The Intricacy of Textiles A Reappraisal of Textiles in Architectural Museum Settings

Open Access
Abdel Galil, Farah Ahmed
Graduate Program:
Master of Architecture
Document Type:
Master Thesis
Date of Defense:
April 02, 2015
Committee Members:
  • Ute Poerschke, Thesis Advisor
  • Christine Lee Gorby, Thesis Advisor
  • Architecture
  • Textiles
  • Museums
  • Culture
  • History
  • Contemporariness
  • Display
  • Techniques
  • Intricacy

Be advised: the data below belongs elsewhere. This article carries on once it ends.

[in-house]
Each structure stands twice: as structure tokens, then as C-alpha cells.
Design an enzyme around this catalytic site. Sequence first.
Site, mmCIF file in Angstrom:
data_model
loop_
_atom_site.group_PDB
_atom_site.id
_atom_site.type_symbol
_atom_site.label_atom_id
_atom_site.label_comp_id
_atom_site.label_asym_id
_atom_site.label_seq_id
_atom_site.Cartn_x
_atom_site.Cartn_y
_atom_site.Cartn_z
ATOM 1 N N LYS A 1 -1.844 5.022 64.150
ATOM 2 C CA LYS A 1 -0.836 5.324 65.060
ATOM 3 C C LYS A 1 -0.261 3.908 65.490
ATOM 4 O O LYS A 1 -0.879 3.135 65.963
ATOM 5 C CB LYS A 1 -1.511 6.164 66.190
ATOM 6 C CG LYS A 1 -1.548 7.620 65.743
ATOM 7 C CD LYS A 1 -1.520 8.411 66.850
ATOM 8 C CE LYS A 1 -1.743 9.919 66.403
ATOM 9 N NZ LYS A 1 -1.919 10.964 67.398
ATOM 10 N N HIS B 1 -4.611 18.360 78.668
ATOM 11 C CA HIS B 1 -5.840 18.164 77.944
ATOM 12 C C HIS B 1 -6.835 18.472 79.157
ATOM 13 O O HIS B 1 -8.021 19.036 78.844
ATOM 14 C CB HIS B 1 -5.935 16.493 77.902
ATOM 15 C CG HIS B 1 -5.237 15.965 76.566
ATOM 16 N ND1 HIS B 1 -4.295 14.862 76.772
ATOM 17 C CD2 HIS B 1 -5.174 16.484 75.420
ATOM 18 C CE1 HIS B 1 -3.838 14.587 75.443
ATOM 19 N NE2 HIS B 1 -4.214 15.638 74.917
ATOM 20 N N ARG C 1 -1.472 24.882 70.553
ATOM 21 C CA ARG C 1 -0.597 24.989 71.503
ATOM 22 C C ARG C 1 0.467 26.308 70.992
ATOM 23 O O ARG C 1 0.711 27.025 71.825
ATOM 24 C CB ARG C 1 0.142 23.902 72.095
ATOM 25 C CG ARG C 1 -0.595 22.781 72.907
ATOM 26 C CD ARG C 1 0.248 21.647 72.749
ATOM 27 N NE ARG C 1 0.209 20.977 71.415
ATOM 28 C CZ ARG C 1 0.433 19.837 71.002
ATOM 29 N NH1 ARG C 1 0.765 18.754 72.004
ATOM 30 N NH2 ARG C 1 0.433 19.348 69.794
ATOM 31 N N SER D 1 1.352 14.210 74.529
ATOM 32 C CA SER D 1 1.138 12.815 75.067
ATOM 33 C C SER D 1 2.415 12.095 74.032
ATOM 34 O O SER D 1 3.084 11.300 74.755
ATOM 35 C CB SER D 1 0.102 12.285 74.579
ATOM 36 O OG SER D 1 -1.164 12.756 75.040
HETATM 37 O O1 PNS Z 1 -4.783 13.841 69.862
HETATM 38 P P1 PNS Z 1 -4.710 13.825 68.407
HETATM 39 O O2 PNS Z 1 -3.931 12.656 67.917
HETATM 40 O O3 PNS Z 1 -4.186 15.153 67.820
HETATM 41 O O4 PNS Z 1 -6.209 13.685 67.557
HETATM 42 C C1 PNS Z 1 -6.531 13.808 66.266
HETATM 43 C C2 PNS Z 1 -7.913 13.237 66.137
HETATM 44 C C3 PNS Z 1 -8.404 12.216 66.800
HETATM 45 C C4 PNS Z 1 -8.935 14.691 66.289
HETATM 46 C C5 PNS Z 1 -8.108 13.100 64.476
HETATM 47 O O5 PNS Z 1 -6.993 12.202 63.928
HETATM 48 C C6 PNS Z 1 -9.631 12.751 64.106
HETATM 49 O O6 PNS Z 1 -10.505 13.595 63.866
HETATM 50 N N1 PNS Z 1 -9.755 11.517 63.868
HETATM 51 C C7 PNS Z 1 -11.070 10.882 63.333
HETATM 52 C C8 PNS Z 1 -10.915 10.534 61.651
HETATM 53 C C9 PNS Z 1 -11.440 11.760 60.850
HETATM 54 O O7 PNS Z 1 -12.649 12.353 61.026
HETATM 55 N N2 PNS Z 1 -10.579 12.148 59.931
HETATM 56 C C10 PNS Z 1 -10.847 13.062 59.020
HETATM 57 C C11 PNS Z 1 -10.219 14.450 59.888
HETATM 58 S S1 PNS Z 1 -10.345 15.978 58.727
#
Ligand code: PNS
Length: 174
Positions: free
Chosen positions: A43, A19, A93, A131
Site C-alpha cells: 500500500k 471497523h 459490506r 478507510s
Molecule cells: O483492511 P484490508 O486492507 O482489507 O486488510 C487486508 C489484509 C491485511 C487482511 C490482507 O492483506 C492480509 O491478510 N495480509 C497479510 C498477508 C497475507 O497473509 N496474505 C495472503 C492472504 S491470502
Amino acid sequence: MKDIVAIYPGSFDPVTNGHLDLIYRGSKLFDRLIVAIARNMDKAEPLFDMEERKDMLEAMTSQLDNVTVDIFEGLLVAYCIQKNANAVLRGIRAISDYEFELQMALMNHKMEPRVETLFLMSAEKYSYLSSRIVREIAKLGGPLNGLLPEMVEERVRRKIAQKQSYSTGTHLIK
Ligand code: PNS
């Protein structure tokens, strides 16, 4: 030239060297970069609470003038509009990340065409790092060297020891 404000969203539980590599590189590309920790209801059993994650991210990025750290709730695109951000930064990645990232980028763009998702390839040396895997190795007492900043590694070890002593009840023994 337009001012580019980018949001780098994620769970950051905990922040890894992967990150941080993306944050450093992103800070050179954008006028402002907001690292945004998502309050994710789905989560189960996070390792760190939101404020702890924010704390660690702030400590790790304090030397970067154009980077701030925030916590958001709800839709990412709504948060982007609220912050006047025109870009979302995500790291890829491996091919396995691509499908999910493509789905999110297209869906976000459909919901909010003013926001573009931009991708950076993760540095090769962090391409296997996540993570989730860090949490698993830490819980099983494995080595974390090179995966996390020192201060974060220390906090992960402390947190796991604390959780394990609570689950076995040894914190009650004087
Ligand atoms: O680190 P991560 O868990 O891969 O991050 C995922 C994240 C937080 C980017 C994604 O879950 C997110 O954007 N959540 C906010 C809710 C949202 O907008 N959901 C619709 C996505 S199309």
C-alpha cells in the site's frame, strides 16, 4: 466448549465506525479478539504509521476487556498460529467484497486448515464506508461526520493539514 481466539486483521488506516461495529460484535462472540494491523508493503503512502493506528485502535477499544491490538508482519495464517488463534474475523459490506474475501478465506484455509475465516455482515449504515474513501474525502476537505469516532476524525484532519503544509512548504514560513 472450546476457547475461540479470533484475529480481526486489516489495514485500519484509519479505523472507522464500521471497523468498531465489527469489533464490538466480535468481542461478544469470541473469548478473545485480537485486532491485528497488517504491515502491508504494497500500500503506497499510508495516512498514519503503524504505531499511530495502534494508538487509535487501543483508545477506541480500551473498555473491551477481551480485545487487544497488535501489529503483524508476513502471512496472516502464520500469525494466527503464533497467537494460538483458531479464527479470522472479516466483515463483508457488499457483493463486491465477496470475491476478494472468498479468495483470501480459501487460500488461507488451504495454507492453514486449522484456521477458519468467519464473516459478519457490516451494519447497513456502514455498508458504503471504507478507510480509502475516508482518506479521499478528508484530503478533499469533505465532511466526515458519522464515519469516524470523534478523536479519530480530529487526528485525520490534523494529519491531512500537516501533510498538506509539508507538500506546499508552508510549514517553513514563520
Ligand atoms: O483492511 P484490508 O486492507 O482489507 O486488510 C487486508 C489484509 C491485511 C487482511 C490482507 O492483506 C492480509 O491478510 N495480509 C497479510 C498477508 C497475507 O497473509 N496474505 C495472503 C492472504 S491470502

Textile artifacts act as barometers to trace the ever-evolving, and often-conflicting, identities and rituals of a society. The intersection of culture and contemporary architecture through textiles is most evident in museum settings. Developing display techniques and architectural venues for historical textiles in museums is to be achieved. Hence, an architecture that transpires in the present while participating in the rendition of the past is reconsidered. A study of the textiles that prospered throughout the Egyptian timeline belonging to the Pharaonic, Ptolemaic, Roman, Byzantine, and Islamic epochs, is conducted. Analysis and critique of three nineteenth century textile theories - by architects John Ruskin, Gottfried Semper, and Owen Jones - are carried out with the purpose of generating a more communicative, non-traditional approach to textile representation. Each of these theorists has a drastically different approach of relating textiles to architecture, to the very initiation of civilization, and to other forms of arts and ornamentations respectively. From the ideologies of the authors, one could assert that the specificities, techniques, and tales of the textiles are those which communicate their significance and meaning. Revealing textile semantics would enable new ways of refining and developing their displays. The haptic dimension is a factor if considered, many textile characteristics would be revealed. These tactile qualities are unfeasible to discern just through visuality. Consequently, the current role and the architecture of the museum are challenged. Once textiles’ subject-related matters are answered. The larger architectural milieu is then considered, which brings space syntax into discussion. The spatial discourse and adjacencies of textile exhibitions shape the experience of visitors. Through the different spatial typologies and genotypes, museums are categorized into two broader models: “congregational” and/or “organizational.” The spaces that constitute the whole classify a museum archetype. Textiles preservation and conservation techniques as well as museological practices are also introduced. Through the focus on the Egyptian inventory in the two case studies - The Egyptian Textiles Museum in Cairo and The Metropolitan Museum of Art in New York (MET) – the spatial layouts, architecture, display techniques, as well as lighting strategies of the exhibitions are studied based on the theories developed throughout the research. As curation processes and museum management strategies may differ from one institution to the other, especially if from different cultural backgrounds: Western vs. Eastern, they are further explored through personal interviews with curators from each institution. The differences and similarities in the two case studies are then assessed through a comparative analysis. Moreover, a proposed series of textile exhibitions as an addition to the MET is used as a test design to further explore some of the discussed theories. Beyond the technical preservation and conservation measures, the concept of whether textile exhibitions should function as blank vessels of history or as living artifacts that reflect the contemporariness of existence through the translation of the subjected culture is debated. The thesis concludes with summarizing the concepts and findings developed throughout the study. The resulting outcome - guidelines to be employed when designing textile museums - focuses on elucidating design characteristics and museum practices that translate and manifest textiles through an architectural creation.